Elizabeth Milroy teaches courses in the history of Western art in the modern period, with a specialty in art and material culture in North America (the United States, Mexico and Canada) from the colonial period to the 20th century.
Professor Milroy began her career as a curatorial assistant in the Department of Prints & Drawings at the National Gallery of Canada. She has also worked as a curator at the Pennsylvania Academy of the Fine Arts, the Terra Museum of American Art and from 2012-15 as the Zoe and Dean Pappas Curator of Education for Public Programs at the Philadelphia Museum of Art. From 1988 to 2012, she taught Art History and American Studies at Wesleyan University. From 2015-2021, she was Professor and Department Head of Art & Art History at Drexel. Professor Milroy’s research focuses on the history of cultural spaces, specifically public parks and historic sites in the city of Philadelphia. Her 2016 book, The Grid and the River: Philadelphia’s Green Places, 1682-1876 (Penn State University Press) won the 2017 John Brinkerhoff Jackson Book Prize from the Foundation for Cultural Landscapes.
Professor Milroy has published and lectured widely on such artists as Thomas Eakins, Frederick Law Olmsted and Emma Stebbins, on the history of art museums and exhibitions, and on the history of public parks. She has organized exhibitions in the United States and Canada and she coedited the anthology Reading American Art, which is now a standard textbook in the field.
Professor Milroy has served on the board of trustees of the Middlesex (CT) Historical Society and the Mark Twain House and Museum in Hartford, CT. Currently she is Secretary of the Board of Councilors of the Historical Society of Pennsylvania. She also serves on the editorial boards of the Pennsylvania Magazine of History & Biography and of Change Over Time. From 2012-15 she was the Executive Editor of Winterthur Portfolio.
The Grid and the River: Philadelphia’s Green Places, 1682-1876. Penn State University Press, 2016. Awarded a Wyeth Foundation for American Art Publication Grant (College Art Association), a Furthermore Publication Grant and the David Coffin Publication Grant (Foundation for Landscape Studies). Awarded the 2017 John Brinckerhoff Jackson Book Prize from the Foundation for Landscape Studies.
Reading American Art. An anthology of recent essays on American painting, sculpture and photography. Co-edited with Marianne Doezema. New Haven: Yale University Press, 1998.
Guide to the Thomas Eakins Research Collection, with a Lifetime Exhibition Record and Bibliography. Edited and with contributions by Douglass Paschall. Philadelphia: Philadelphia Museum of Art, 1996.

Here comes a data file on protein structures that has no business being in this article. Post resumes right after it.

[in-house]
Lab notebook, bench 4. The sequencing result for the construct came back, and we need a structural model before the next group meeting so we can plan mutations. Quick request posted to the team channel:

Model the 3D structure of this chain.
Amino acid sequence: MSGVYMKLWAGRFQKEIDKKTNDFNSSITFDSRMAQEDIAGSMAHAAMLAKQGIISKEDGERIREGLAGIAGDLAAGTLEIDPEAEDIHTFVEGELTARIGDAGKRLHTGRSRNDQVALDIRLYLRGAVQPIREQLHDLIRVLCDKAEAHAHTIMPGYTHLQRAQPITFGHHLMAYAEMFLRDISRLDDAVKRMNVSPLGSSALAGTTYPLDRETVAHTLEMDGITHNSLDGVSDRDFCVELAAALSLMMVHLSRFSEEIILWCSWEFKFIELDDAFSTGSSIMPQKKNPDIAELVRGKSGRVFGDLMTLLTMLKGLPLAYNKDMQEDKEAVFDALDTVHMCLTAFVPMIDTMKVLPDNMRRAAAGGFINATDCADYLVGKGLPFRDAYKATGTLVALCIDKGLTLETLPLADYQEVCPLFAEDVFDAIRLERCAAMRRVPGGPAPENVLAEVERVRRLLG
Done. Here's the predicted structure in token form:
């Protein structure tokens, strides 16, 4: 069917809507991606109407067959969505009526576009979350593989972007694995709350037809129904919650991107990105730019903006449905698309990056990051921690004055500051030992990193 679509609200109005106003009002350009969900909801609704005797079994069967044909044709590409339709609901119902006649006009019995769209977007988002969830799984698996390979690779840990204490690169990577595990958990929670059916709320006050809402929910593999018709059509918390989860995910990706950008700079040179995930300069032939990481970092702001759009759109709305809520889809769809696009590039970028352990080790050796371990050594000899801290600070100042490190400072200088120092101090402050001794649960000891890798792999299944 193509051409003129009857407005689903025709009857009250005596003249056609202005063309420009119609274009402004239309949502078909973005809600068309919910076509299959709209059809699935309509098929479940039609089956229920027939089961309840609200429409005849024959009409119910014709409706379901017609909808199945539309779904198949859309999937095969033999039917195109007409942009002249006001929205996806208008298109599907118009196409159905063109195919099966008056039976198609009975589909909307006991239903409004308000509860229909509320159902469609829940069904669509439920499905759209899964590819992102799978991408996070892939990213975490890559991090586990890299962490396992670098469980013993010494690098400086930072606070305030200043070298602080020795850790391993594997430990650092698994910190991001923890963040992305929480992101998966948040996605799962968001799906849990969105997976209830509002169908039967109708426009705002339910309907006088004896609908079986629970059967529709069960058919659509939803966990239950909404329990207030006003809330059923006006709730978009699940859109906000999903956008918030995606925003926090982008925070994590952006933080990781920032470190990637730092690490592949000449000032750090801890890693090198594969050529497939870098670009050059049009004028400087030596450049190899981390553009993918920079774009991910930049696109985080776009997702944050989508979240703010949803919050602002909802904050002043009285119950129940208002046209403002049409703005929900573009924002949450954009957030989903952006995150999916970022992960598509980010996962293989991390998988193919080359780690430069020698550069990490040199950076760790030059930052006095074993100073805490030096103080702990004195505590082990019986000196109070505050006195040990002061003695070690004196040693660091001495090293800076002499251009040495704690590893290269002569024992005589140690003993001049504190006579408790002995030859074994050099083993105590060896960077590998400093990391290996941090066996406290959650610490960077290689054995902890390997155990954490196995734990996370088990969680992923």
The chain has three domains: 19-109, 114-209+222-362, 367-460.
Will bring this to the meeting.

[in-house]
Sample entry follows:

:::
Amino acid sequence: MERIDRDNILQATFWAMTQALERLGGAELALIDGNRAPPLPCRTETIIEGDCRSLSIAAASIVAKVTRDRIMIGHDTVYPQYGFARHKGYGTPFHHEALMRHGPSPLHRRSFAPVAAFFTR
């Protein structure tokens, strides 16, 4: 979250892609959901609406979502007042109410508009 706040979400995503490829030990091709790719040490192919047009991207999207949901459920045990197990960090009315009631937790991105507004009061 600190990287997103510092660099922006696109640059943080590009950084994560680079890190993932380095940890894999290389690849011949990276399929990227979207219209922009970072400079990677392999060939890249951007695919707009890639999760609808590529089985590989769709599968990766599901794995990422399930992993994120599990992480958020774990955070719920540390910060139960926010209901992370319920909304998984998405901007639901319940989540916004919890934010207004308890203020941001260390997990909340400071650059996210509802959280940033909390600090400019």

Painters of a New Century: The Eight & American Art. Milwaukee: Milwaukee Art Museum, 1991. With an essay by Gwendolyn J. Owens.
Master Drawings from the Collection of Ingrid and Julius S. Held. With Laura M. Giles and Gwendolyn J. Owens. Williamstown: Sterling and Francine Clark Art Institute, 1979.
Selected Articles and Essays
“The Elusive Body of William Penn,” in The Worlds of William Penn, edited by Andrew Murphy and James Smolenski. Rutgers University Press, 2019.
“Pro Bono Publico: Ecology, History and the Creation of Philadelphia’s Fairmount Park System” in Nature’s Entrepôt: Philadelphia’s Urban Sphere and its Environmental Thresholds, edited by Brian Black and Michael Chiarrappa. University of Pittsburgh Press, 2012.
“Repairing the Myth and Reality of Philadelphia’s Public Squares, 1800-1850” in Change Over Time vol. 1, no. 1 (Spring, 2011).
“’For the like uses, as the Moor-Fields’: The Politics of Penn’s Squares,” in The Pennsylvania Magazine of History and Biography vol. 130, no. 3 (August, 2006).
“A Crowning Feature: The Centennial Exhibition and Philadelphia’s Horticultural Hall” in Studies in the History of Gardens and Designed Landscapes 26, no. 2 (April-June 2006).
“Images of Fairmount Park in Philadelphia,” in Thomas Eakins, edited by Darrel Sewell. Philadelphia Museum of Art, 2001.
“Avenue of Dreams: Patriotism and the Spectator at Philadelphia's Great Central Sanitary Fair,” in Making and Remaking Pennsylvania’s Civil War, edited by William A. Blair and William Pencak. Pennsylvania State University Press, 2001.
“Assembling Fairmount Park,” in Philadelphia’s Cultural Landscape: The Sartain Family Legacy, edited by Katherine Martinez and Page Talbott. Philadelphia: Temple University Press, 2000.
“J. Alden Weir and His Connecticut Neighbors.” Catalogue essay for A Connecticut Place: Weir Farm, An American Painter’s Rural Retreat. Weir Farm Trust in collaboration with the National Park Service, 2000.
“’Consummatum Est:’ A Reassessment of Thomas Eakins's Crucifixion of 1880” The Art Bulletin 71 (June, 1989).
“Points of Contact: Robert Harris, Thomas Eakins and the Art of Léon Bonnat,” The Journal of Canadian Art History 10 (1987).
I am currently researching the early history of Philadelphia’s City Parks Association. I am also preparing a monograph on the Philadelphia watercolorist David J. Kennedy